"Poor management is the greatest single cause of business failure," warns
Steve Muhlhauser, California Assistant Regional Administrator for Business
Development for the U.S. Small Business Administration.
Management of a business encompasses a number of activities: planning,
organizing, controlling, directing and communicating. Most business
failures aren't a result of bad economic times; rather, they stem from
improper management. The cardinal rule of small business management is to
know exactly where you stand at all times.
Some of the more common mistakes managers make include:
In a big company, a bad month in one division can be offset by other
divisions. In a small company, there's nothing else to fall back on, so a
bad week can be fatal. Managing a small company means staying on top of
the business so that you can react instantly and decisively when problems
- Hiring the wrong people
- Inadequate employee training
- Trying to do too much
- Misuse of time
- Absentee ownership
Bad management isn't limited to poor economic times; it can happen
even during the best of times. Some management consultants say their
experiences with small businesses confirm that over expanding, hiring weak
personnel and being over confident are frequent management mistakes that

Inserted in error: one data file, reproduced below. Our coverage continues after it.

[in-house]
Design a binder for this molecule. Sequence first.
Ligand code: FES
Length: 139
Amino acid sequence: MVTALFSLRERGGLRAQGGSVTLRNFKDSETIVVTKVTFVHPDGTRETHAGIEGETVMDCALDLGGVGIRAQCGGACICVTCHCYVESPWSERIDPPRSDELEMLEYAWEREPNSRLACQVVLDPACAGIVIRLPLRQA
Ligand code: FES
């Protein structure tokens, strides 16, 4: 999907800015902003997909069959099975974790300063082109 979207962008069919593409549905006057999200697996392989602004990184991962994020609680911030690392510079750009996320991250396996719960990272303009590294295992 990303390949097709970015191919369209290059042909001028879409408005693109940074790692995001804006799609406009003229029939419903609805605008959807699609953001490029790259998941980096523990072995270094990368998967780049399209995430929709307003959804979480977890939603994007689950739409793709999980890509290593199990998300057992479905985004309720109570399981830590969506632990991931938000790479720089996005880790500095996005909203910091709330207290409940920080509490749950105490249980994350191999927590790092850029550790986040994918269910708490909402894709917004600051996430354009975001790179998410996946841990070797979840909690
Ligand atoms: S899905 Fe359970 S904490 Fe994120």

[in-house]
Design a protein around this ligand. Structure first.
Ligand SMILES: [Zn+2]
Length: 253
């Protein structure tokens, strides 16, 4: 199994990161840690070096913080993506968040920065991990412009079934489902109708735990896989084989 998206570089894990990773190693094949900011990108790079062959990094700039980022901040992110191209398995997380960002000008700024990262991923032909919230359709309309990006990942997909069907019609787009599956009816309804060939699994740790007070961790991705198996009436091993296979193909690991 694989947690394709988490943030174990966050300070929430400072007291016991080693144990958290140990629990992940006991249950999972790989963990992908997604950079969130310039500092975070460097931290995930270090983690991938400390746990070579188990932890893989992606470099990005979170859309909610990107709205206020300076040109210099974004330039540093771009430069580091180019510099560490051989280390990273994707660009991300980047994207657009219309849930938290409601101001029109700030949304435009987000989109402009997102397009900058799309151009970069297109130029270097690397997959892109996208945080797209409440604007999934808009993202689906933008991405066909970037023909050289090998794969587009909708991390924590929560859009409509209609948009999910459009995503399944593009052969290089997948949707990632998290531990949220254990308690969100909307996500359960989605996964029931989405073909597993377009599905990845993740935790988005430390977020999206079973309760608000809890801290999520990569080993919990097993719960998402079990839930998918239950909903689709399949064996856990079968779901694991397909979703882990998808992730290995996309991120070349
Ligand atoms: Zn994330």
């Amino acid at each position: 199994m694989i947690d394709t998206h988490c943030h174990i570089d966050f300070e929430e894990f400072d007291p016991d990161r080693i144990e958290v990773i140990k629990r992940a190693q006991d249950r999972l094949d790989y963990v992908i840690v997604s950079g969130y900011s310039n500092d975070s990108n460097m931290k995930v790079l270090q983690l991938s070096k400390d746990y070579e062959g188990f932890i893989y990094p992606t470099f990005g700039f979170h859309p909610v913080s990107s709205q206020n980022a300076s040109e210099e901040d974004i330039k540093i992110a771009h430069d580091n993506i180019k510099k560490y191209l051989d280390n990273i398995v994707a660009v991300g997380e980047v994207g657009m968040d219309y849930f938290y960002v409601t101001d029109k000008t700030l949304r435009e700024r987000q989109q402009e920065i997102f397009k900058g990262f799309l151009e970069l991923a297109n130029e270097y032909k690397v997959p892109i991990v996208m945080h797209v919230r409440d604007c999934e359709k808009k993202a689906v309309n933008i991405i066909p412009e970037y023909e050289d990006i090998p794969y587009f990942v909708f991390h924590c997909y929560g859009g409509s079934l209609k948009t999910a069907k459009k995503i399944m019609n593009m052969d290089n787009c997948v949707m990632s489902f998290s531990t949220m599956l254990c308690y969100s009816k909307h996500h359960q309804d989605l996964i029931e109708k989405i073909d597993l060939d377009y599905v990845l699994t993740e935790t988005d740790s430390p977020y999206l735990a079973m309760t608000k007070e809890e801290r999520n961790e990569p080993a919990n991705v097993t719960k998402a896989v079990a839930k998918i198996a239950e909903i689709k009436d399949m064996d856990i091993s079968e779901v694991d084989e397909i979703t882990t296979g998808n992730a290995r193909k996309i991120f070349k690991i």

occur when times are good.
Along with those is the inability to handle growth. "If the business
is successful, it takes on a life of its own," says one owner. You become
a "situation manager" rather than just a people or business manager.
Suddenly, you are balancing opportunities, investments and energy.
Whether the times are good or bad, the successful manager is the one
who remains calm and confident and who turns adversity into opportunity.
And as a successful manager you must also be a good leader. Many
experts believe that leadership is a form of behavior: of persuading and
inducing, of guiding and motivating. They believe that a well-rounded
leader is a master of certain skills, creates a climate that encourages
productivity and directs and controls employees' activities.
Very often, leadership style reflects an individual's personality.
However, you should keep in mind that what works well with one group or
individual; may not work as well with the next. As a result, good
leadership requires a flexible approach, one that is based on the people
involved and the situation at hand.
Advises one small business owner, "Surround yourself with competent
people, then train them and learn to delegate." And when you do delegate,
keep the following tips in mind:
"Delegation is an issue of trust," says another owner. "But it cuts
both ways. You can't get someone to trust you unless you trust them, too."
- Don't constantly check up on employees while they're working
- Believe what they say
- Avoid having to know every single detail at all times
- Be sure you know enough to stay on top of things
Reprinted from the United States Small Business Administration
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